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Going for a walk in the redwoods at Sequoia Park in Eureka now includes a self-guided interpretive walk up. Instead of keeping to the forest floor, you can tour redwoods on suspended walkways with spectacular views in the recently opened Redwood Sky Walk adventure at the Sequoia Park Zoo.


The experience high up in the redwoods is somewhat reminiscent of life among the Ewoks from Return of the Jedi (famously filmed in our county). You’re perched on platforms and bridges, gazing out into the forest and down at the trails and ferns below, taking in the same view as the birds and other creatures that make their home up in the branches. It’s breathtaking.

click to enlarge MARK LARSON
  • Mark Larson
To get to the Sky Walk, pass through the attractive and efficiently staffed Zoo fee entrance on W Street and turn left to walk past the flamingo pond and enclosed aviary. (Definitely stop to catch a glimpse of the seriously cute red pandas a short distance after the Sky Walk entrance.)

After entering the out-and-back ¼-mile-long Sky Walk gate, you will walk up a slow incline on the wide Ascent Ramp built firmly to terra firma and come to the large 28-foot high Launch Deck platform (it looks similar to a fire lookout tower), before stepping out onto the suspended bridges and platforms that range from 60 to about 100 feet off the ground. Here — or even before you enter the Sky Walk — is where you’ll need to monitor your fear of heights before proceeding. Rest assured, though, the platforms and bridges all have 3.5- to 4-feet-high guardrails that make for a steadying place to grip and because this is not an adventure course, no harnesses and helmets are required.

Strolling the network of suspended walkways high up in swoon-inducingly tall redwood trees will give you a new perspective on these ancient trees and the life forms that reside there. While on the Sky Walk, pause for a moment to look around you into the canopy of these huge trees and listen for the chatter of ravens.

click to enlarge MARK LARSON
  • Mark Larson
The platforms circling the tree trunks and most of the aerial bridges from one tree to the next are rigid and firmly attached to the trees. But one optional 369-foot-long section between tree platforms is suspended by cables, much like a swinging bridge. The footfalls of walkers on this section create motion — either terribly fun or a little scary, depending on whom you ask. This aptly named Adventure Segment, with its height exposure, motion and flexible surface, is the only part that’s not fully ADA accessible.

Surrounded though you are by the wonder of nature, take a moment to imagine also the creativity needed and challenges faced by workers on the construction crew that installed these aerial walks. Look closely at the construction design and materials, and consider the tree-climbing skills required to do the work … without any safety net below. The Ascent Ramp and Launch Deck are wood structures with concrete foundations. The surface you’re walking is made of Dynaplank — a walkable tread surface that is non-slip (important in our rainy and foggy climate) and highly durable. The posts and handrails on the structure are redwood with metal panels between posts. Fun fact: The ascent ramp is 360 feet, just shy of the height of the tallest known living coastal redwood (~380 feet). Fabricated aluminum makes up the bridges and platforms above, and they feature the same Dynaplank surface for safety up high. The railings are made from cable and metal mesh panels that block as little of the view as possible.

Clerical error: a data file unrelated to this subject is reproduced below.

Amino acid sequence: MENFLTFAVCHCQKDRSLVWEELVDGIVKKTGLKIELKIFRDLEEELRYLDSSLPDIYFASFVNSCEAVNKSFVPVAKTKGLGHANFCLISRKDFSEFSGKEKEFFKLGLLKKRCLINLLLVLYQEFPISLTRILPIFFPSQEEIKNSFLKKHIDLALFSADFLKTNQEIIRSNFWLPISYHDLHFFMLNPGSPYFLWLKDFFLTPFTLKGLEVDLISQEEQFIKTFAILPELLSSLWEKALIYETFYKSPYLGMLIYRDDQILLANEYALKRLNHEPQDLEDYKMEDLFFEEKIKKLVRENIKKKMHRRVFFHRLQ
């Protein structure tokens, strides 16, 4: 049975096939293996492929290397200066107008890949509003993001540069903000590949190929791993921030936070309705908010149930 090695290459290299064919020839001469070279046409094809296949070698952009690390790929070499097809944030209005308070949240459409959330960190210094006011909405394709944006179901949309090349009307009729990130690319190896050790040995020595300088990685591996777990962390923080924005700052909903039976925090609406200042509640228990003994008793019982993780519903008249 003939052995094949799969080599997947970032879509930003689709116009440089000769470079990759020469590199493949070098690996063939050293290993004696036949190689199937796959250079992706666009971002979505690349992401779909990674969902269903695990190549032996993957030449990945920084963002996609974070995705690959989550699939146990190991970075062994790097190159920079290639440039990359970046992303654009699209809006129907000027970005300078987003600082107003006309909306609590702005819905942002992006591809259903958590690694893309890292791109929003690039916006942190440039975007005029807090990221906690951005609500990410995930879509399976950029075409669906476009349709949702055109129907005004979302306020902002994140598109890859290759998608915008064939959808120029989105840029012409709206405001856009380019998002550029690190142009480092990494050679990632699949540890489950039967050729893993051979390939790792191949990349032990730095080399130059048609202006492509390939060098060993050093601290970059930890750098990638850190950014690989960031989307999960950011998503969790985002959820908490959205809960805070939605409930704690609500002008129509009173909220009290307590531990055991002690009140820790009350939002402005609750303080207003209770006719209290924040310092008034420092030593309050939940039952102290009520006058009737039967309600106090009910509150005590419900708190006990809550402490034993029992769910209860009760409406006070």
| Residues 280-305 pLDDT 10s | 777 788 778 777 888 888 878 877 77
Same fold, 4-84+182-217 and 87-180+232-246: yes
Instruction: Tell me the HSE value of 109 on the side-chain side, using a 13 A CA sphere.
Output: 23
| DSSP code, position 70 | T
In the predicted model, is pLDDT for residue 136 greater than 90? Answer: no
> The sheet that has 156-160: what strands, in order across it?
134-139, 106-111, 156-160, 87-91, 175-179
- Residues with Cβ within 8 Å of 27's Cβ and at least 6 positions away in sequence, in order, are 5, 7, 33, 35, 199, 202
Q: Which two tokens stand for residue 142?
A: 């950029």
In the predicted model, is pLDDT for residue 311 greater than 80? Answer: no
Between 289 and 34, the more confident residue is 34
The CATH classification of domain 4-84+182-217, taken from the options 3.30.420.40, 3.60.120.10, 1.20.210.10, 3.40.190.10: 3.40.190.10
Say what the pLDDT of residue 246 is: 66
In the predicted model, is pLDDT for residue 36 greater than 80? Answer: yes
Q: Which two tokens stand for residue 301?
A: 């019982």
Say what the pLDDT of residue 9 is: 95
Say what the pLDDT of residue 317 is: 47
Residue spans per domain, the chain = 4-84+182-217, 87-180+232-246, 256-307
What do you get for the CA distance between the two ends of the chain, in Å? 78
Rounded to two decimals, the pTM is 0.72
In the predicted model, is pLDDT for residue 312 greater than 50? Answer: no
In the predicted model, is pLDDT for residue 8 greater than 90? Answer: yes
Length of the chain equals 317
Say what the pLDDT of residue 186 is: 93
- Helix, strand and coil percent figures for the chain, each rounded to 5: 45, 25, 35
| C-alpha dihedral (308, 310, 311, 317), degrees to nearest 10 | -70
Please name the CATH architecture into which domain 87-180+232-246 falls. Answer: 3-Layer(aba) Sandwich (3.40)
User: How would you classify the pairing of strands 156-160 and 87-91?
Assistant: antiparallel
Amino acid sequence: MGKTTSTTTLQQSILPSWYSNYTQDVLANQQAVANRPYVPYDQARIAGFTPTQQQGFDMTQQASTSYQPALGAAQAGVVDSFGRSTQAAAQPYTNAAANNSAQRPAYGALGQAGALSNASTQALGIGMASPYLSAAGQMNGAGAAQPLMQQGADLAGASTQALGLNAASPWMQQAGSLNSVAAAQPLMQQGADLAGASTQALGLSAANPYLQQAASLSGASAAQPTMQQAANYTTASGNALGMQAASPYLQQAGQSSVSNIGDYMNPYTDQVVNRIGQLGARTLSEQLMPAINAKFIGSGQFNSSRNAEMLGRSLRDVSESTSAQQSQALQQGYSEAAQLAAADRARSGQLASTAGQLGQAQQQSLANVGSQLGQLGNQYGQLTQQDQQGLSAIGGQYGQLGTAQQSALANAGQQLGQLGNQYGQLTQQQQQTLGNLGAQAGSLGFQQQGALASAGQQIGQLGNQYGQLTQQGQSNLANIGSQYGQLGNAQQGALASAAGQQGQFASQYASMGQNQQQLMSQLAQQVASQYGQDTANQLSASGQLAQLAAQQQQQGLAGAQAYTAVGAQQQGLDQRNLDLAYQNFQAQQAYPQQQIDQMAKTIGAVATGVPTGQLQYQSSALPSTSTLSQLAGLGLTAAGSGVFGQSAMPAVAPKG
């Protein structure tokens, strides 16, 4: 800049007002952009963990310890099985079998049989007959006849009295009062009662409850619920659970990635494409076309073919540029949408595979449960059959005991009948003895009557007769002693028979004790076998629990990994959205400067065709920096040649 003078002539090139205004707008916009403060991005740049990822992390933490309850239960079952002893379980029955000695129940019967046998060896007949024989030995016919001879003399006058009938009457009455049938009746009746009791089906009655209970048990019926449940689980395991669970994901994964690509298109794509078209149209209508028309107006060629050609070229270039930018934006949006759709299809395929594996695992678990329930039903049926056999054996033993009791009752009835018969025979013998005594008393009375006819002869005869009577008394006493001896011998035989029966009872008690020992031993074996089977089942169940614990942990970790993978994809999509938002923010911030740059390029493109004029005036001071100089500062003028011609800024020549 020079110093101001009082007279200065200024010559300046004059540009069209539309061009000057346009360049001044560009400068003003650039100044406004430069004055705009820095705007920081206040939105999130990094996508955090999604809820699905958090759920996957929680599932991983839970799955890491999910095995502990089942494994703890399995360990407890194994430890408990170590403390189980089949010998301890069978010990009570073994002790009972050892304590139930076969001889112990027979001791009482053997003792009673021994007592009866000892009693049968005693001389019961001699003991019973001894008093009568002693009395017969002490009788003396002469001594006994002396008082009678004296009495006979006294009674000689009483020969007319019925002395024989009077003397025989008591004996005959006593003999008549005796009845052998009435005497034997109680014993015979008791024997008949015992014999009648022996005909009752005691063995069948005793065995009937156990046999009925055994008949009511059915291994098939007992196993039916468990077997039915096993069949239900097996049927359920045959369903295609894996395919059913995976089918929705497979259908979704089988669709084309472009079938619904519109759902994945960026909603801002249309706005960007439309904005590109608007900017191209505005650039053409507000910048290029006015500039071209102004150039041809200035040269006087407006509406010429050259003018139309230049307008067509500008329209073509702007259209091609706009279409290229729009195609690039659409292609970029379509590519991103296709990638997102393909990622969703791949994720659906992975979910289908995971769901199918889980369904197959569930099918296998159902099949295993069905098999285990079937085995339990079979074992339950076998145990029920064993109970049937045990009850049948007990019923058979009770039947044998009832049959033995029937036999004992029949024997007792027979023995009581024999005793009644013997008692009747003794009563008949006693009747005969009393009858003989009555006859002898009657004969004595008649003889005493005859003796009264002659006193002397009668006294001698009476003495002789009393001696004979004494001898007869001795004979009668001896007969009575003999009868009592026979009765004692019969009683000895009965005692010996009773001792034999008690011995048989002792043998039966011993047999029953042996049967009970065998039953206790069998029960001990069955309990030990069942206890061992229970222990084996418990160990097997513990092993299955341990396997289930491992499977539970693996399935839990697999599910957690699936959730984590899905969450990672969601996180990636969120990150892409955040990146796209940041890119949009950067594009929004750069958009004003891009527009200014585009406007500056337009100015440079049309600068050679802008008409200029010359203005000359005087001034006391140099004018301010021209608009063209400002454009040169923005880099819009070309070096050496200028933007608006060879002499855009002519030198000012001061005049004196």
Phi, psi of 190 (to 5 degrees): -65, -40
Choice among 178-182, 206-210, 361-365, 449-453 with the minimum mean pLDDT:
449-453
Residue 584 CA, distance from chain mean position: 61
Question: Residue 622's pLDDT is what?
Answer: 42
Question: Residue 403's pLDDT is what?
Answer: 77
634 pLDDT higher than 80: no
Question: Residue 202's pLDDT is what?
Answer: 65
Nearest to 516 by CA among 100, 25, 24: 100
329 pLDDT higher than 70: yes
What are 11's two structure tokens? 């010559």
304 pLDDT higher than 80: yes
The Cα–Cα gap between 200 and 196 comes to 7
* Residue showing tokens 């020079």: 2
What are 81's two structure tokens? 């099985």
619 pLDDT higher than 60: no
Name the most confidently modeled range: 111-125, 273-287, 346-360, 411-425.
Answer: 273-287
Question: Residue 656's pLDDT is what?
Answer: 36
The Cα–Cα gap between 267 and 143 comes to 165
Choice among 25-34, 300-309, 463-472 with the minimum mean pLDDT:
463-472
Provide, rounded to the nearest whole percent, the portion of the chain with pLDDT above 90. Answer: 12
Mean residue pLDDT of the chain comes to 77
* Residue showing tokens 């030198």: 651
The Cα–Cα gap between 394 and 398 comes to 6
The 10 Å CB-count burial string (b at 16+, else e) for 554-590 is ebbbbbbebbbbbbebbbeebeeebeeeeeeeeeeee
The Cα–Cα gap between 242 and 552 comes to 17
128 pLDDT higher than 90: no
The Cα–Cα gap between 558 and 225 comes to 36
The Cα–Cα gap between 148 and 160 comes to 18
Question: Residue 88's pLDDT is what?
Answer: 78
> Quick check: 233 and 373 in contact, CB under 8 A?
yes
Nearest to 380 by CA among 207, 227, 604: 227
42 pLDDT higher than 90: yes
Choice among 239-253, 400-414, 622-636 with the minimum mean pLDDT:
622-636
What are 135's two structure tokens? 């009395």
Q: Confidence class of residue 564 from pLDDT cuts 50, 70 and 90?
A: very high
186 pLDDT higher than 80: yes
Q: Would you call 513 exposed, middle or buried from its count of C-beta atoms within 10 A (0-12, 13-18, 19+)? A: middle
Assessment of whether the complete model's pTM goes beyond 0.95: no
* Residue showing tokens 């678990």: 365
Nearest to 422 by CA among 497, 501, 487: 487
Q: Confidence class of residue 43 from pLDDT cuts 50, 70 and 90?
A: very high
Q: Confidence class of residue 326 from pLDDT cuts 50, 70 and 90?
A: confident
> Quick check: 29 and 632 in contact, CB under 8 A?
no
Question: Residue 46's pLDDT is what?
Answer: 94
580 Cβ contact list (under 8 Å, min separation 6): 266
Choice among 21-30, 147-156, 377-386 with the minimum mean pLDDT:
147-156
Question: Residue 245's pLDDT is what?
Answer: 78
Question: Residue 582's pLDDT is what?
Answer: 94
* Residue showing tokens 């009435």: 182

The local company Greenway Partners came up with the initial project designs and the subcontractor team from Synergo (a Tigard, Oregon company that specializes in the design and installation of challenge courses, zip line tours and aerial adventure parks) was hired to do the aerial construction work.

After making your way through the Sky Walk, don’t miss visiting other zoo highlights including the nearby barnyard for the animal petting/feeding area, the river otters at the Watershed Heroes exhibit, close-up looks at a raven, spotted owl and two bald eagles in an enclosure for injured and rescued birds. There’s even a memorial statue of local legend Bill the Chimp. If you’re peckish, the ECOS Café is open Wednesday-Sunday, 11 a.m. to 4 p.m.

You should also check posted updates on what educational activities are being offered and what zoo areas might be closed (due to current pandemic guidelines). Currently face masks are required for everyone over the age of 3. Guests must practice social distancing and frequent hand washing at hand sanitizer stations throughout the zoo is encouraged.

On the way out, consider an earth-bound tour of Sequoia Park, which includes a new playground, a slide built into a massive redwood, walking paths through 60 acres of coast redwood forest (some of which you’ve glimpsed from above) and a pond that often offers a chance to view colorful wood ducks.
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Mark Larson

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